Remembering Tikiri

24 September 2020

Tikiri was a female elephant, she died in an emaciated state on 24 September 2019 aged 70 in Sri lanka. During her lifetime, she was used for tourists trekking and for religious festivals.

Prior to her death, pictures of her emaciated body raised global awareness of the poor conditions in which many captive elephants endure in Asia. Her body was obviously broken due to many years of neglect but the lifeless look in her eyes told us that she had given up on life mentally way before her body followed.

Tikiri’s plight has highlighted how our use of these gentle giants can cause them so much pain and suffering. For many of the elephants working in tourism camps or on logging plantations, they will have started their lives in the wild with their family herds, only to be taken away and forced into life of service. Others may have had the misfortune to have been born into this life, without experiencing the true nature of being wild.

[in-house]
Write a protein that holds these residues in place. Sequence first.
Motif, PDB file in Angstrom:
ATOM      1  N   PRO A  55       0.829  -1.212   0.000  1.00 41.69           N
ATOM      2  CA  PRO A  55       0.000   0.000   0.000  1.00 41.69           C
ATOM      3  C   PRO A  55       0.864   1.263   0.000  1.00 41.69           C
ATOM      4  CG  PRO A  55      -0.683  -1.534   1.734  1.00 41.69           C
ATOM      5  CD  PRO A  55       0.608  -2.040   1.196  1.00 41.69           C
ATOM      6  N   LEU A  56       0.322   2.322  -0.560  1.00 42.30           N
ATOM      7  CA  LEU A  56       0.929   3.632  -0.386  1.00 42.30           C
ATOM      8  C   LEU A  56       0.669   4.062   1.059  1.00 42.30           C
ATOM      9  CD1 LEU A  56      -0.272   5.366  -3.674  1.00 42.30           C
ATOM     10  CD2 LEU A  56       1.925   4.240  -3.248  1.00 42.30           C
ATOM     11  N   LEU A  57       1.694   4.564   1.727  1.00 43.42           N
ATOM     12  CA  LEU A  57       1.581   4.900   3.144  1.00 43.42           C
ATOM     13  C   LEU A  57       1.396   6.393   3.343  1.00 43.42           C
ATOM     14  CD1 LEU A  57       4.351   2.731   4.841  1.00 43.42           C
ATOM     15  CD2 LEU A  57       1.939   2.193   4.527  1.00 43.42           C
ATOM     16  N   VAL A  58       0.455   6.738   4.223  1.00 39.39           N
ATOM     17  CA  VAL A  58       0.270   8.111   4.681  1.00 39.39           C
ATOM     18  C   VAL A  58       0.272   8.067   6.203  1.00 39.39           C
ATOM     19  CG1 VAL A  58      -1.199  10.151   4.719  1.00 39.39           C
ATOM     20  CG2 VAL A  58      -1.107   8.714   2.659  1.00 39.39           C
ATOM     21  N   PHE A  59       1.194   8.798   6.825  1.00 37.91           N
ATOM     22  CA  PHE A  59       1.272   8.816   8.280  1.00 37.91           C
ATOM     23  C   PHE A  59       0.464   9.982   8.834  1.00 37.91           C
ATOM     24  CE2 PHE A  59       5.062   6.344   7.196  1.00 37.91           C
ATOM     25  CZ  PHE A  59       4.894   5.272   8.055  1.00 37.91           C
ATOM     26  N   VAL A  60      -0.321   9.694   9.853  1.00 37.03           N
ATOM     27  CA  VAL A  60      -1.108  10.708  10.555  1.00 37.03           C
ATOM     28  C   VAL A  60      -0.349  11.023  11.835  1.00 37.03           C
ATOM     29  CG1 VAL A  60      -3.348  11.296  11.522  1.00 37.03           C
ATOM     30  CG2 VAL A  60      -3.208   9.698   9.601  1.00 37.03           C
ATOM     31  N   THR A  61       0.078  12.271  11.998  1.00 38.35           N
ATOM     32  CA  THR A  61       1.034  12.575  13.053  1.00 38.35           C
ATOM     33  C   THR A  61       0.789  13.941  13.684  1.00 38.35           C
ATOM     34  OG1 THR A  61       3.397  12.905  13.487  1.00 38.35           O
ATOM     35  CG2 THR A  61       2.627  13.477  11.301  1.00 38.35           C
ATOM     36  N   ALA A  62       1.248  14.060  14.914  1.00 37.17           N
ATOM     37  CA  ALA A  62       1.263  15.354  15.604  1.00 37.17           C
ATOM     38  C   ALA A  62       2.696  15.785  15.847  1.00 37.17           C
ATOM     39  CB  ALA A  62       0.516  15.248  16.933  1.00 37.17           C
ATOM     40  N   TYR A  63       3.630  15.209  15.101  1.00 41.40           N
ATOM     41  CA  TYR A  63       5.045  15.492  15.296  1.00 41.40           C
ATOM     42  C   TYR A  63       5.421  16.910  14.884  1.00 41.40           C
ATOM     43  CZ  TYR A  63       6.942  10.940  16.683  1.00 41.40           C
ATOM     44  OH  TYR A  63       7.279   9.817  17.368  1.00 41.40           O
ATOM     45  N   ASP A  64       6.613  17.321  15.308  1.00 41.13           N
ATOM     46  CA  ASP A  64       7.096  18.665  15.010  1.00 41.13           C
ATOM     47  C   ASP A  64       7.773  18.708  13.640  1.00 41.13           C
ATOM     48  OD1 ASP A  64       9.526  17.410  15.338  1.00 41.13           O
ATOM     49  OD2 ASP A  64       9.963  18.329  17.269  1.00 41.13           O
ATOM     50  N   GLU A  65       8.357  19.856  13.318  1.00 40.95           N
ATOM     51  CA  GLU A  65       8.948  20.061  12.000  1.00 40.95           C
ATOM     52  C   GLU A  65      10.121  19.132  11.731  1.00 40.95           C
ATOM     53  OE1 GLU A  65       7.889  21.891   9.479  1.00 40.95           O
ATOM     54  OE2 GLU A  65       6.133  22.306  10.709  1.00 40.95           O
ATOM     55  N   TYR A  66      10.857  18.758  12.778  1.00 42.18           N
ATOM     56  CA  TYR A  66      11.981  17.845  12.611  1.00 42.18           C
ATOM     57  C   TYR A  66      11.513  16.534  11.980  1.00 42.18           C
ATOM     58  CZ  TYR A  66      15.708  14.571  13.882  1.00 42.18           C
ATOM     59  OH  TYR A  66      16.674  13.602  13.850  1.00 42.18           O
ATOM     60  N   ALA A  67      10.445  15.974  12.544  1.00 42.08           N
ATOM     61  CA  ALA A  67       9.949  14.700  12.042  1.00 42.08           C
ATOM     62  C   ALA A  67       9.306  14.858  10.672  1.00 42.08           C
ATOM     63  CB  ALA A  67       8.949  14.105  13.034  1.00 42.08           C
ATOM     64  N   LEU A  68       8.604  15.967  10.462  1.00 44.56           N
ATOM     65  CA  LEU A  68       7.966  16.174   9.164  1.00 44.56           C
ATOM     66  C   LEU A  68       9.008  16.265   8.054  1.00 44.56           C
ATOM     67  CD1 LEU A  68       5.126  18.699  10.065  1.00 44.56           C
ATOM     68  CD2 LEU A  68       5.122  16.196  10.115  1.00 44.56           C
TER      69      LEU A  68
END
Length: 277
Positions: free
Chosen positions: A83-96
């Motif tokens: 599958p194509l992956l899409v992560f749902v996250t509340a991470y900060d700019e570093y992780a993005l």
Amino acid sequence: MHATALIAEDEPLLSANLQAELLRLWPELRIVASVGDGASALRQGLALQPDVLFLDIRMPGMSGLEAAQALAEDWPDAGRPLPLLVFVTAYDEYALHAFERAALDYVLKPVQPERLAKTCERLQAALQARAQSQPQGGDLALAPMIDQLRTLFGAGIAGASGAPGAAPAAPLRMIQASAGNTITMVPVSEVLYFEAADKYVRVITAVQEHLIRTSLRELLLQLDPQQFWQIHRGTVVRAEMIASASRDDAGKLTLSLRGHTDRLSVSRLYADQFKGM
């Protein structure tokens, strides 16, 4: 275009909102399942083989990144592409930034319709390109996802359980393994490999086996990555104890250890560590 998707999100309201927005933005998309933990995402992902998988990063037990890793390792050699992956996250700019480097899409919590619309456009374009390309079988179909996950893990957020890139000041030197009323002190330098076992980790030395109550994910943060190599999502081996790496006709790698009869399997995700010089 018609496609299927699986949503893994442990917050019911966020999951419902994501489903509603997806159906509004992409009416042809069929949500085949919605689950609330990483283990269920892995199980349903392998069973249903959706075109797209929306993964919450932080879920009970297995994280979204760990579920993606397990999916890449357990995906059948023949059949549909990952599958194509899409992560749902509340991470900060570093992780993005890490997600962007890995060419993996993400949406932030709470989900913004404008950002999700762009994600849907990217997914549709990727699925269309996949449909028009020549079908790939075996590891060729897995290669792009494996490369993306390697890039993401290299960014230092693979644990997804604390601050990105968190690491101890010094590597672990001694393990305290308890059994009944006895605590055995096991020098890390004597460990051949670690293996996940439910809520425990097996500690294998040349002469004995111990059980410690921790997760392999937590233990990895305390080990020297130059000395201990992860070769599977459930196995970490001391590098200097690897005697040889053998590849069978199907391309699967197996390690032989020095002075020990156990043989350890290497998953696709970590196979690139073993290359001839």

But there is hope in the form of elephant owners and their mahouts that truly want to give their elephants the chance to experience the lives of their wild cousins. Tourism opportunities are developing across Asia which are allowing elephants to be true elephants once again, places that allow elephants to be in the company of each other and do not force them to do tricks or provide us with rides and ‘close contact experiences’. Places that support elephant mahouts to make a living out of truly caring for their elephants and providing them with the choice they so deserve.

On this Tikiri remembrance day, spare a thought for all of the Tikiris still being forced to provide rides or march in festivals and use her name, her appalling treatment and death to appeal to others to help end their suffering.

Given a choice Tikiri would have stayed with her mum and her family and not lived a life of service to our entertainment needs. It is time that we gave all elephants the choice they deserve.